Oklahoma farm communities face health challenges with rescues by rural air evacuations. An Idaho farm woman finds a future raising elk. A Nebraska farm family discovers that dietary concerns are creating demand for their sorghum crop. A Minnesota farmer takes an educational approach to save the environment. It’s "Sewer Man".
Rural Air Evac
If you live in the city, help can come quickly in the event of a medical emergency. It may be a different story if you’re injured or ill on a remote farm or ranch. We’ll learn how some folks in rural Oklahoma take to the air to treat medical emergencies and save lives.
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Teton Mountain Ranch
Working the range on her family’s cattle ranch is second nature to Pauline Bagley. It’s an agricultural tradition that goes back three generations. But like many farm families all across the heartland, Pauline finds that charting a successful future may require some new directions and tough decisions.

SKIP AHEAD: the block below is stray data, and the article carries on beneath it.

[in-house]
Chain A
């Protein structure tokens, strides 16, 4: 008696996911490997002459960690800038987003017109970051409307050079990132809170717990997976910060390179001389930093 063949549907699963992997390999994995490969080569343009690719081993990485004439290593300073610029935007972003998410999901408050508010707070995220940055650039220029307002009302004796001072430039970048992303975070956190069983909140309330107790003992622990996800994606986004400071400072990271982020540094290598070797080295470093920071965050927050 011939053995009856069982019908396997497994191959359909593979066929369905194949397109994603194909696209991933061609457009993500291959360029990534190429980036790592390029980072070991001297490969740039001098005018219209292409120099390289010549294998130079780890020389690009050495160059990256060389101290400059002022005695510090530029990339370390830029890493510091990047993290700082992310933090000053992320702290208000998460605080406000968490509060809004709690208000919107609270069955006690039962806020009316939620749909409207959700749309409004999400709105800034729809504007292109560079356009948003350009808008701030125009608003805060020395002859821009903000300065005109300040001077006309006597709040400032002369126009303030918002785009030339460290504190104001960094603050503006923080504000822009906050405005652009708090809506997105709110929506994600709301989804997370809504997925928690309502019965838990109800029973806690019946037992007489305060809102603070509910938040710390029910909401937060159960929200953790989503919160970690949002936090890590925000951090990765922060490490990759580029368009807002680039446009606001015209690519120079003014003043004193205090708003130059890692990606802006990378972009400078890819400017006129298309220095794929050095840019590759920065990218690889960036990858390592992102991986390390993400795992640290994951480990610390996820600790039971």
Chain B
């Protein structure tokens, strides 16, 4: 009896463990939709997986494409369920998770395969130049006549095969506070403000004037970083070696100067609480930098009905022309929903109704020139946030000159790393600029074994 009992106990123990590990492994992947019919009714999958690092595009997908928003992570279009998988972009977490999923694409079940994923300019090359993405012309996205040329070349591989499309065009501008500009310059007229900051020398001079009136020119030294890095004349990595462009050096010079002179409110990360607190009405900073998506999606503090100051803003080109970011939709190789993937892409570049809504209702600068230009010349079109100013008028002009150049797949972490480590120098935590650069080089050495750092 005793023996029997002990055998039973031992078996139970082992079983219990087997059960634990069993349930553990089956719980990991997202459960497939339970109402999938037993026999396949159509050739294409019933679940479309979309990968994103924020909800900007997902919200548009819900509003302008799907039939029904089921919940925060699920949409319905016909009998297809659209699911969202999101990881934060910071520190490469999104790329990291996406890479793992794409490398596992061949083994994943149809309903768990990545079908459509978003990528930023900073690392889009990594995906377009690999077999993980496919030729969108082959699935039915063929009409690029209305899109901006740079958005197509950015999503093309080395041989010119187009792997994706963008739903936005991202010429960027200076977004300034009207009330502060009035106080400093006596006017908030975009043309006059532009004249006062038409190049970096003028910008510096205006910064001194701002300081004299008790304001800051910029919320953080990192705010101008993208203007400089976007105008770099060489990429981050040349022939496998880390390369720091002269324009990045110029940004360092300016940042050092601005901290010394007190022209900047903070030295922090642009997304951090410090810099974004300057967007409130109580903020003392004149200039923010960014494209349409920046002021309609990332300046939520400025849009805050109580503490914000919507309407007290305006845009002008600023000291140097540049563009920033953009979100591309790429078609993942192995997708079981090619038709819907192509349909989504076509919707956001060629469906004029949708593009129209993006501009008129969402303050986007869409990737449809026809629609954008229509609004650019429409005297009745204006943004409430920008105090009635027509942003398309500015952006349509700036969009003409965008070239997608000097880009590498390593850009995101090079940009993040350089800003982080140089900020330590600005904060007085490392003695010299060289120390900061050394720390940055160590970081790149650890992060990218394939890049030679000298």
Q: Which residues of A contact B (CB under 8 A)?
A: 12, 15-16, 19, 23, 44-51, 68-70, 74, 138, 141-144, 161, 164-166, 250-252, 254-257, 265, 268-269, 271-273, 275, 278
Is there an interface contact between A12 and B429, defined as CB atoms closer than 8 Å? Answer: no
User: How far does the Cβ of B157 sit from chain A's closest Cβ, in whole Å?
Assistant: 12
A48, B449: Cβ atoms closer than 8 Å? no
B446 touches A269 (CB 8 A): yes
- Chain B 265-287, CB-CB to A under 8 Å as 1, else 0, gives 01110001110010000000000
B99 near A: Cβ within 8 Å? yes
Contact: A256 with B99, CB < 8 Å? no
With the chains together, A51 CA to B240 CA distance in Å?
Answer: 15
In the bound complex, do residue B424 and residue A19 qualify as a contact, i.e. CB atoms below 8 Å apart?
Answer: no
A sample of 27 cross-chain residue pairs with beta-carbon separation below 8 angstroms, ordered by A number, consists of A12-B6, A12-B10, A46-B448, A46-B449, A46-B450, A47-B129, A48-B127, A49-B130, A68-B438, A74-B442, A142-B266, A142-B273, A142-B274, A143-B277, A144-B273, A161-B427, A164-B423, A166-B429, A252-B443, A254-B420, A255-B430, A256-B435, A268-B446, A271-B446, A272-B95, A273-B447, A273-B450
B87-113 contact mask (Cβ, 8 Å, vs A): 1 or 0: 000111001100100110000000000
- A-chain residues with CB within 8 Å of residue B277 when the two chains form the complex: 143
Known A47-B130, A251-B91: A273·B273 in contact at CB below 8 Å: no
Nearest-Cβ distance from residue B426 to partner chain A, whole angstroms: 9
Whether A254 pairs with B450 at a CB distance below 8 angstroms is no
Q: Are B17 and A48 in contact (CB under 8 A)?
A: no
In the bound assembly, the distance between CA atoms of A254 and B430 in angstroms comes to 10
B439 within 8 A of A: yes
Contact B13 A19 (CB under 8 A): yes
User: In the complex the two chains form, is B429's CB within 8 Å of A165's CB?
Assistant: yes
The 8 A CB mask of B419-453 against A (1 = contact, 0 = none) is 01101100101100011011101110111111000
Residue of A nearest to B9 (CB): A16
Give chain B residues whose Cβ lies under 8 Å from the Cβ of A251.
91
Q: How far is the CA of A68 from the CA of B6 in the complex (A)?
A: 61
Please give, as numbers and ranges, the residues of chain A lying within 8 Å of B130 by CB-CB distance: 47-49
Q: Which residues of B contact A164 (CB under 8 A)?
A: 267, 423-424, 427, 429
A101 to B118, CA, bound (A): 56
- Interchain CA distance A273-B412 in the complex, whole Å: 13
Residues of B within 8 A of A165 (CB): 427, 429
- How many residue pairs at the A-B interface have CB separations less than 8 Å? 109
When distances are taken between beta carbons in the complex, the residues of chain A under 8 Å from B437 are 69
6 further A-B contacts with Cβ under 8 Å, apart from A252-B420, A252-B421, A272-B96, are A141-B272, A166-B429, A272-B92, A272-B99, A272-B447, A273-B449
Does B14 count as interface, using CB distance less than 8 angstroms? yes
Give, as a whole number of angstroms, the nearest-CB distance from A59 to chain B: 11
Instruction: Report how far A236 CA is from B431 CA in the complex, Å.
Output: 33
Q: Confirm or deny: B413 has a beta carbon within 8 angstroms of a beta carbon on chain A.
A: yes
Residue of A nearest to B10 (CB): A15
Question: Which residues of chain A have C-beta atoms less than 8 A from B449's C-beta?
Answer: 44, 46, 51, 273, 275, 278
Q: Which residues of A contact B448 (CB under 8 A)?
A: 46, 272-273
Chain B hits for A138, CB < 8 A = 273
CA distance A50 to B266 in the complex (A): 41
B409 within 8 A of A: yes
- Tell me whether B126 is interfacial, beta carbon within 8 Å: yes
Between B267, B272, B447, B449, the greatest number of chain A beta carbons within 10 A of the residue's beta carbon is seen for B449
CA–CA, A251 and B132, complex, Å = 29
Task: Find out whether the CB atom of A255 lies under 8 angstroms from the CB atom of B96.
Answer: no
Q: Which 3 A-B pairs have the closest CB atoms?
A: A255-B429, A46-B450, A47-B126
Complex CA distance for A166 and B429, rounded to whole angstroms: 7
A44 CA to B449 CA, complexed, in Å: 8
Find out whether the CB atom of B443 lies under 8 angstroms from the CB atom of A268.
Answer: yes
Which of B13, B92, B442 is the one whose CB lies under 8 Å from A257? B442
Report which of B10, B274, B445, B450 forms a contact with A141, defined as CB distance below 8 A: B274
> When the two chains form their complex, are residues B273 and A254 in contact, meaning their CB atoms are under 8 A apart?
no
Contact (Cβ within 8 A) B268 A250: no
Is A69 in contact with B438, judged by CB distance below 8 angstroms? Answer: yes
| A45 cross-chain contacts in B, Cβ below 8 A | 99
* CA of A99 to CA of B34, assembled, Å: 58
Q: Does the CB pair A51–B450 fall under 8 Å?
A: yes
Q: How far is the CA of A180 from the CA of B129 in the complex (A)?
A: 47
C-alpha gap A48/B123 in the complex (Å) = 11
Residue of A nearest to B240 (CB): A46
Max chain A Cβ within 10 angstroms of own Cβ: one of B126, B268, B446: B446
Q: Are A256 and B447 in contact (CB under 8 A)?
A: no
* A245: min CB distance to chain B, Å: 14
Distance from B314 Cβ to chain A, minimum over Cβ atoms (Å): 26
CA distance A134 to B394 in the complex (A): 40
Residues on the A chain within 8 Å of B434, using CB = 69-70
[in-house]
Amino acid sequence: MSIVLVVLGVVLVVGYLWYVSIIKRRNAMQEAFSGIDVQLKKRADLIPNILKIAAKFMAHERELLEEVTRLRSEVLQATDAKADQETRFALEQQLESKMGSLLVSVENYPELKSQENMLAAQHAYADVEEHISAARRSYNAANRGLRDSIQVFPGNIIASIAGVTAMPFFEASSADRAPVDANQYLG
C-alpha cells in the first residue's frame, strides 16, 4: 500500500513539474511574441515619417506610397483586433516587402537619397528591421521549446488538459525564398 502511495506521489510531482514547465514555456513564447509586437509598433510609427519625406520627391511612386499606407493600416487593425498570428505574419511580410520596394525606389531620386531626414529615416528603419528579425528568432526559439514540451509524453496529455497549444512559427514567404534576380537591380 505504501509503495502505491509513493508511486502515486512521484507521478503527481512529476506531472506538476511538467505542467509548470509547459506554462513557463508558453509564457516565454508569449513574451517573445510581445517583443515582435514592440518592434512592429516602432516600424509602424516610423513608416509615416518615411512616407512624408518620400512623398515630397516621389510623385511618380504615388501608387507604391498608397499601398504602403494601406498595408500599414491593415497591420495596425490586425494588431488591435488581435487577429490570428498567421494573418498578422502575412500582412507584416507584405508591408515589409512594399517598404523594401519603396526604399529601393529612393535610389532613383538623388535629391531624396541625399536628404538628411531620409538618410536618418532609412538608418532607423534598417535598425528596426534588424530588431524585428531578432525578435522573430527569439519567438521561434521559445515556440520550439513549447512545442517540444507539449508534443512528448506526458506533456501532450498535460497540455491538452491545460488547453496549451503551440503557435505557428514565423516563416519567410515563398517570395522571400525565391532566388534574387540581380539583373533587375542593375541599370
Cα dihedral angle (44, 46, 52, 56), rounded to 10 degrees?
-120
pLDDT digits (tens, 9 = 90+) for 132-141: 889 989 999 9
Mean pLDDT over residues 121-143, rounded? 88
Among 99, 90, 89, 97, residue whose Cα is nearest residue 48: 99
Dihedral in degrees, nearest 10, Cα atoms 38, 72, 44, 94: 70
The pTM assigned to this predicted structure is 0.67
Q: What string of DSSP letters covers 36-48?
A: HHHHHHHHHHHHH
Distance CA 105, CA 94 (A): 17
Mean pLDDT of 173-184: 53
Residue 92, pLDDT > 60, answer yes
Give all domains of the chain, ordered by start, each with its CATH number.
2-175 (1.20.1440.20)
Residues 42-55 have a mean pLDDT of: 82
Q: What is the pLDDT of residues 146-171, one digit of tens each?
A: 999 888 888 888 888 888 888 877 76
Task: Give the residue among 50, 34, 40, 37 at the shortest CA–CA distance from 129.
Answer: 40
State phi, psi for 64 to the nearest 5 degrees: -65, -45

Sorghum is a crop that’s long been used for livestock feed, but there is a growing demand for “food grade” sorghum these days. We’ll meet one Nebraska farmer who saw that demand as a new opportunity to grow his business.
Farmer Sewer Man
We hear a lot about “going green” these days. For farms across the heartland, environmental stewardship is more than just a feel-good exercise. As one Minnesota farmer teaches, it’s also a way to ensure future success.
Along the Way: Ingles Farm Bud Jeffries of Ingles Farm, a cow-calf operation in Blacksburg, Virginia. The Ingles family was farming this land before the American Revolution.
Harvesting Knowledge: Fruit Cake Fruit cake is a global treat with quite a history. Early recipes from the Roman times mention cakes baked with pine nuts, pomegranate seeds, and raisins. By the 16th century, almost every country in Europe had their own fruit cake varieties. In U.S., the cakes became a popular holiday tradition by the turn of the 20th centuty.